Since the name of this forum is Beyond Tiki, I thought it would be cool to post on some other music I like, and read about some stuff other people are into.
I can see how it is easy to lump Gleason in with 101 Strings, Living Strings, etc., but I think the other guys should be viewed as ripping off his approach and debasing it, because Gleason did his first album around 1952 and stayed consistent for almost 20 years.
But regardless of who came first, I think there is a qualitative difference to his music; especially when it comes to setting a mood and keeping it.
His arrangements are always restrained and never over the top. He doesn't start out soft and then make you jump up and adjust the Hi-Fi. He never gets a mellow vibe going and then burts in with 76 trombones, the way Lyman and Denny do on some of their albums(which I find annoying).
Also, Gleason's stuff is different to me because it doesn't seem artificial. The other orchestra's from the 50's and 60's seem to have been recorded for the nuclear family on the cul-de-sac.
Gleason was recording for the bachelor pad. His music lingers in the air like smoke from an abandonded cigarette. It stings the eyes a little, but it makes the room a much more interesting place.
But then again, some people don't like smokers.
Aloha for now. I think it's time for a Martini.


[ This Message was edited by: Kailuageoff on 2002-09-13 14:06 ]


 
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Swanky
Tiki Socialite

Joined: Apr 03, 2002
Posts: 5051
From: Hapa Haole Hideaway, TN
Posted: 2002-09-16 07:21 am   Permalink

I do agree there. Gleason is not 101 Strings. The later is like music with all the edges sanded off to a silky, nauseating smoothness. Gleason is made smooth, which is different. I don't want to just lump them together so heedlessly.

The song I just added to the broadcast is a good example. "My Ideal" is a very slow, gentle song, but the trumpet solo in there is as heartfelt and raw as anything.

Kiliki has been coming home and putting on Gleason records. I am giving him a good second listen and appreciating him more. And I am figuring out ways to rip off his album covers and pervert them for my plans!

When I listen to his music, I can't help but think about how he liked to booze it up then and the band's tours were such parties.

On the extreme other end of the spectrum is my favorite, not-so-well-known band director, Henri Rene. Any time you see his LPs for under $3, get 'em. He has some slow schmaltz, but his swingin' stuff is the best.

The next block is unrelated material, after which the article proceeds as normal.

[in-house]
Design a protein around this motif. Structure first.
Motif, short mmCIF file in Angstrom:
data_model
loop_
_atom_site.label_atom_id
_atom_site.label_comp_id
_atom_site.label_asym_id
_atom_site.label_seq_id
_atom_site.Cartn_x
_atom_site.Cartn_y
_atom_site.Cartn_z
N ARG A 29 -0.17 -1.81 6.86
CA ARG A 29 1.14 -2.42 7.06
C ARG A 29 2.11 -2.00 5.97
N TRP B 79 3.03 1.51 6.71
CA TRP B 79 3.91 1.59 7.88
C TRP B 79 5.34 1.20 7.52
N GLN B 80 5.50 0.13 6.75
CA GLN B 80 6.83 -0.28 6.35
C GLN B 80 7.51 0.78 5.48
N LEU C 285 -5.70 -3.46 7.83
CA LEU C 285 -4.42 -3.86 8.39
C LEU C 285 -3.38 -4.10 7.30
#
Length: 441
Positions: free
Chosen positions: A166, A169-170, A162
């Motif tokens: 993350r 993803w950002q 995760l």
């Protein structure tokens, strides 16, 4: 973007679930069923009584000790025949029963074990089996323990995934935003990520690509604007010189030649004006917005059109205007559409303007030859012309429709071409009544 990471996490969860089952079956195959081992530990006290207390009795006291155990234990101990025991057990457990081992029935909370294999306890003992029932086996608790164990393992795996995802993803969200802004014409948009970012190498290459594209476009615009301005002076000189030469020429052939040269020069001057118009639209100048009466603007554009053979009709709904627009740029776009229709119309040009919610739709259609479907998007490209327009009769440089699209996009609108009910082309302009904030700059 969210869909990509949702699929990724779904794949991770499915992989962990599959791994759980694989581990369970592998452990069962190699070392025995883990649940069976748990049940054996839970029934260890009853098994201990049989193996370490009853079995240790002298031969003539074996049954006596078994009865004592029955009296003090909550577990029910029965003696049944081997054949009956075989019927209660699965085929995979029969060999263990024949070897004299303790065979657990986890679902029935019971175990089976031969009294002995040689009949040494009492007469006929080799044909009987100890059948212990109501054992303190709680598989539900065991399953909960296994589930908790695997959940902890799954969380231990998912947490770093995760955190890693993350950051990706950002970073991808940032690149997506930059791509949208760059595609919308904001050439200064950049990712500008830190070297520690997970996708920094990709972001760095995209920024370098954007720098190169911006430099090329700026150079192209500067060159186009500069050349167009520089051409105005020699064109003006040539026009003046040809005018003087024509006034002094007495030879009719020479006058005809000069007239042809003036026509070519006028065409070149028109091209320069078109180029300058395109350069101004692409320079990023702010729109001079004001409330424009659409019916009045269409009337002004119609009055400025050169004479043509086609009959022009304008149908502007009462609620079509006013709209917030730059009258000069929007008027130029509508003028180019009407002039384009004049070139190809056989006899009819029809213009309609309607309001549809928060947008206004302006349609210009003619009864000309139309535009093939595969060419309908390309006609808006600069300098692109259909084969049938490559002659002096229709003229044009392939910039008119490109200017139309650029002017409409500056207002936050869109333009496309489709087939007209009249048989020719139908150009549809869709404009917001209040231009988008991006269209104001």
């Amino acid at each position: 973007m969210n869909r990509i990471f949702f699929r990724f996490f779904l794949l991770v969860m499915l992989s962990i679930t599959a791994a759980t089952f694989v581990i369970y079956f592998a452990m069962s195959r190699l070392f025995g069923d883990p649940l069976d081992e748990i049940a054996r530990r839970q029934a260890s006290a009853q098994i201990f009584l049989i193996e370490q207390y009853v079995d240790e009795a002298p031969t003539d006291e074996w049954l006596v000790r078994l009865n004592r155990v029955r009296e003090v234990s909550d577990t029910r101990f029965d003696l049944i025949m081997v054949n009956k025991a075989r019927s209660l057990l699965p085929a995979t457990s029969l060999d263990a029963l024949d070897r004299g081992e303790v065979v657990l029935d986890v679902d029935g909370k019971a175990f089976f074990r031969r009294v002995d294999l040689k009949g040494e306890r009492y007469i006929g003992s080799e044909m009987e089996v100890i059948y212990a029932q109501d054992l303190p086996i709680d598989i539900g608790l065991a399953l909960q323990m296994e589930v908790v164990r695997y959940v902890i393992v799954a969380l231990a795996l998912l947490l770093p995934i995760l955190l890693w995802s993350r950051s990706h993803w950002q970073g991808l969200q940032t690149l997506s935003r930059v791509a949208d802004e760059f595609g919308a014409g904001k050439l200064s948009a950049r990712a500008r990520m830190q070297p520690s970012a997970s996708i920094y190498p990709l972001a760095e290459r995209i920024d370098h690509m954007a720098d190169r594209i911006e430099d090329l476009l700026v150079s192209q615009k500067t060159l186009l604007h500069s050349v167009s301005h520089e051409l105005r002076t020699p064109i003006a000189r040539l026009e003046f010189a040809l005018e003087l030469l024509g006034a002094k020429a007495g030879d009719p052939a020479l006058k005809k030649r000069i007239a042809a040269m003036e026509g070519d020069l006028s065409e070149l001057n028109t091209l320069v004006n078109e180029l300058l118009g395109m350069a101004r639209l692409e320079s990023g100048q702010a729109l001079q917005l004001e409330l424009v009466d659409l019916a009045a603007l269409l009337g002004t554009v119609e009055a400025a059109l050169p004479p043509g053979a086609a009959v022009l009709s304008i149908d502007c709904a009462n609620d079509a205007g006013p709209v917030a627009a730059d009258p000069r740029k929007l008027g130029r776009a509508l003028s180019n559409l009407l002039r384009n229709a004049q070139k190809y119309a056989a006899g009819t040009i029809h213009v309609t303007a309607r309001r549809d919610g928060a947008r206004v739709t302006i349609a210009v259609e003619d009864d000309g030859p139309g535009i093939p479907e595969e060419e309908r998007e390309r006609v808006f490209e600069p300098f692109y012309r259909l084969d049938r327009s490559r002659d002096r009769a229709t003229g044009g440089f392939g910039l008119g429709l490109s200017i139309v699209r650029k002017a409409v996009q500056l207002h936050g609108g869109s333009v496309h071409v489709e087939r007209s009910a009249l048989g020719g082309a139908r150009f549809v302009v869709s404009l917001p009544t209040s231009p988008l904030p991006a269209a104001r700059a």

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Trader Woody
Tiki Socialite

Joined: Mar 25, 2002
Posts: 2301
From: Tiki Manor, Forest of Bowland,UK
Posted: 2002-09-24 06:48 am   Permalink

Has anyone heard 'Pagan Muzak' by Boyd Rice (Non)? He did an intro for "Taboo-The Art of Tiki" and seems quite a rum chap.

He says of the record,
"The name is both a description of the record's contents and a homage to Hawaii-based exotica pioneer Martin Denny, composer of environmental mood music that embraced such seemingly irreconcilable components as easy listening, unusual instruments, natural sounds and dissonance. Along with Les Baxter and Arthur Lyman, Denny became a hero to the so called Lounge/Space Age Batchelor Pad movement of the early 90s. "I was influenced by Martin Denny," Boyd confirms. "He was doing this stuff that was like muzak but it had these heathen overtones. I liked the idea of paganism and I thought it was like pagan muzak, because it was music to change your environment, fill it up with noise, fill your brain with noise, and I thought that was really a pagan concept. It's weird, I was just asked to be in this New Zealand book about Tiki culture, and I wanted to write this whole thing about making a pilgrimage to see Martin Denny in 1980. I grew up among this. When I was a kid you could buy a Hawaiian shirt, which came with this tiki, which had gems for eyes and stuff, and my make-out spot in San Diego used to be this club called Bali Hai, which had a beach behind it, and the house band was Arthur Lyman, and I would be making out with girls, while Arthur Lyman was playing behind me. I grew up with this stuff, so it is a little weird to see all these people getting into this stuff years after they'd torn all these places down. But I am glad they are, because I always thought everybody in the world should know about Martin Denny and Les Baxter, and I am glad that they lived long enough to see this resurgence of interest in their music."

Trader Woody



 
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tiki_kiliki
Tiki Socialite

Joined: Apr 01, 2002
Posts: 1001
From: Hamtown USA
Posted: 2002-10-09 12:54 pm   Permalink

I am a huge fan of Gleason. Have you ever seen the album cover Dali designed for him? Jackie Gleason commissioned it himself. He was a huge fan of Dali.

If you've never heard his arrangement of But Not For Me you're missing something in life. It will make you weep!


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Tiki Kiliki
www.tikikiliki.com